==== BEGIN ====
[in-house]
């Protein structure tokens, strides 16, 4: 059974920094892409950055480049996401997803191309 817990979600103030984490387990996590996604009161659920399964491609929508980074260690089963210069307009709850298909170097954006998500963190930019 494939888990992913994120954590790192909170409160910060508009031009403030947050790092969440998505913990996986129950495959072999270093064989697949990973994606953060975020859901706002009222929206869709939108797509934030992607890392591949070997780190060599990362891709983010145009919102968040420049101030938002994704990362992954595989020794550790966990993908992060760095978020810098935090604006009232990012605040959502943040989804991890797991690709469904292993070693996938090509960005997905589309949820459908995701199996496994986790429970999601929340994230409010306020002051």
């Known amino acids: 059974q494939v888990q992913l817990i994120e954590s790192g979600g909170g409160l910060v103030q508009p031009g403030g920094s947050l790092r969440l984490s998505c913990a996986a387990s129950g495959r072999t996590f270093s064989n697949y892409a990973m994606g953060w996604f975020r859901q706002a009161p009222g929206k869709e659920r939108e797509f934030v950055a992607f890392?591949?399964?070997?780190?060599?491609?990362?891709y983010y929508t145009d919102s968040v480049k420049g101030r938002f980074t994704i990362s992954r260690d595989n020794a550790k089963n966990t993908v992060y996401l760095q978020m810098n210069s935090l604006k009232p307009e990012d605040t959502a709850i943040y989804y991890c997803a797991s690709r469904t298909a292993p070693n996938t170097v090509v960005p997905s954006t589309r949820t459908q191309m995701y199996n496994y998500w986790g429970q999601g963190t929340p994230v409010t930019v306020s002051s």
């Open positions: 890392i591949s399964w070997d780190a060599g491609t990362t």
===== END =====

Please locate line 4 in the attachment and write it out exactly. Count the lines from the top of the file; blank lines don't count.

């Open positions: 890392i591949s399964w070997d780190a060599g491609t990362t």